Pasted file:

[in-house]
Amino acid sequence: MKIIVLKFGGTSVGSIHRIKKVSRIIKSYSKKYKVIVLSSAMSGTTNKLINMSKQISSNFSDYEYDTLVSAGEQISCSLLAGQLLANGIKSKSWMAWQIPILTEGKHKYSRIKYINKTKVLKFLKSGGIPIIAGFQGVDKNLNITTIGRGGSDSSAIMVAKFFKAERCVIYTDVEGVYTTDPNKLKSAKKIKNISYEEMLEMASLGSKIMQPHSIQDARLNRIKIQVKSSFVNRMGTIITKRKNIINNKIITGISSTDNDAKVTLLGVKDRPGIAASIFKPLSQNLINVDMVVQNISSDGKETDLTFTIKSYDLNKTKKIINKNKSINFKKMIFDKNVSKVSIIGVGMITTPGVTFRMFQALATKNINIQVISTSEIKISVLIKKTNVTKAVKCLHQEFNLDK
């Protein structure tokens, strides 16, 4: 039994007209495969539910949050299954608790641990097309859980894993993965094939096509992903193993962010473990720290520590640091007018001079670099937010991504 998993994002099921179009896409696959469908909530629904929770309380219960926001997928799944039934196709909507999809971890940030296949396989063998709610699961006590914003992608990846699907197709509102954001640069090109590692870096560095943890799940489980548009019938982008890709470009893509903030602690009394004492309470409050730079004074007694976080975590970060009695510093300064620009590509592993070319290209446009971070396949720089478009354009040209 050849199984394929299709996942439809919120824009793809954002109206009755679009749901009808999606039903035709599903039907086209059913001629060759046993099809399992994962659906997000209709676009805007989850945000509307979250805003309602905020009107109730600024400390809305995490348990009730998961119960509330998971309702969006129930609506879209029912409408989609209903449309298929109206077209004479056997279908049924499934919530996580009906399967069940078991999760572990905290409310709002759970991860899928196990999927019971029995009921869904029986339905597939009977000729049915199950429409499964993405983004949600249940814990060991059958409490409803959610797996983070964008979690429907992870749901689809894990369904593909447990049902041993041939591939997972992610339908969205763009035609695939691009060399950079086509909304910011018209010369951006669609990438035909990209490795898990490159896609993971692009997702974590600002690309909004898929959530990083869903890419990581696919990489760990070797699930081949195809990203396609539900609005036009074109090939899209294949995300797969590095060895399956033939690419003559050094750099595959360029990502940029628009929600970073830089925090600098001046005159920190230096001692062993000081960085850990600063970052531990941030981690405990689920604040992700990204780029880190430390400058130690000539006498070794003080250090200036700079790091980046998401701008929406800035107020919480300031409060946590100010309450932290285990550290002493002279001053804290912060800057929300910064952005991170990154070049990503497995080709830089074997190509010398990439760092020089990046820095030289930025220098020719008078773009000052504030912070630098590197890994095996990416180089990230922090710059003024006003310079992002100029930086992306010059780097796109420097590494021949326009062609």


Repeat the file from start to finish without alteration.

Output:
[in-house]
Amino acid sequence: MKIIVLKFGGTSVGSIHRIKKVSRIIKSYSKKYKVIVLSSAMSGTTNKLINMSKQISSNFSDYEYDTLVSAGEQISCSLLAGQLLANGIKSKSWMAWQIPILTEGKHKYSRIKYINKTKVLKFLKSGGIPIIAGFQGVDKNLNITTIGRGGSDSSAIMVAKFFKAERCVIYTDVEGVYTTDPNKLKSAKKIKNISYEEMLEMASLGSKIMQPHSIQDARLNRIKIQVKSSFVNRMGTIITKRKNIINNKIITGISSTDNDAKVTLLGVKDRPGIAASIFKPLSQNLINVDMVVQNISSDGKETDLTFTIKSYDLNKTKKIINKNKSINFKKMIFDKNVSKVSIIGVGMITTPGVTFRMFQALATKNINIQVISTSEIKISVLIKKTNVTKAVKCLHQEFNLDK
């Protein structure tokens, strides 16, 4: 039994007209495969539910949050299954608790641990097309859980894993993965094939096509992903193993962010473990720290520590640091007018001079670099937010991504 998993994002099921179009896409696959469908909530629904929770309380219960926001997928799944039934196709909507999809971890940030296949396989063998709610699961006590914003992608990846699907197709509102954001640069090109590692870096560095943890799940489980548009019938982008890709470009893509903030602690009394004492309470409050730079004074007694976080975590970060009695510093300064620009590509592993070319290209446009971070396949720089478009354009040209 050849199984394929299709996942439809919120824009793809954002109206009755679009749901009808999606039903035709599903039907086209059913001629060759046993099809399992994962659906997000209709676009805007989850945000509307979250805003309602905020009107109730600024400390809305995490348990009730998961119960509330998971309702969006129930609506879209029912409408989609209903449309298929109206077209004479056997279908049924499934919530996580009906399967069940078991999760572990905290409310709002759970991860899928196990999927019971029995009921869904029986339905597939009977000729049915199950429409499964993405983004949600249940814990060991059958409490409803959610797996983070964008979690429907992870749901689809894990369904593909447990049902041993041939591939997972992610339908969205763009035609695939691009060399950079086509909304910011018209010369951006669609990438035909990209490795898990490159896609993971692009997702974590600002690309909004898929959530990083869903890419990581696919990489760990070797699930081949195809990203396609539900609005036009074109090939899209294949995300797969590095060895399956033939690419003559050094750099595959360029990502940029628009929600970073830089925090600098001046005159920190230096001692062993000081960085850990600063970052531990941030981690405990689920604040992700990204780029880190430390400058130690000539006498070794003080250090200036700079790091980046998401701008929406800035107020919480300031409060946590100010309450932290285990550290002493002279001053804290912060800057929300910064952005991170990154070049990503497995080709830089074997190509010398990439760092020089990046820095030289930025220098020719008078773009000052504030912070630098590197890994095996990416180089990230922090710059003024006003310079992002100029930086992306010059780097796109420097590494021949326009062609």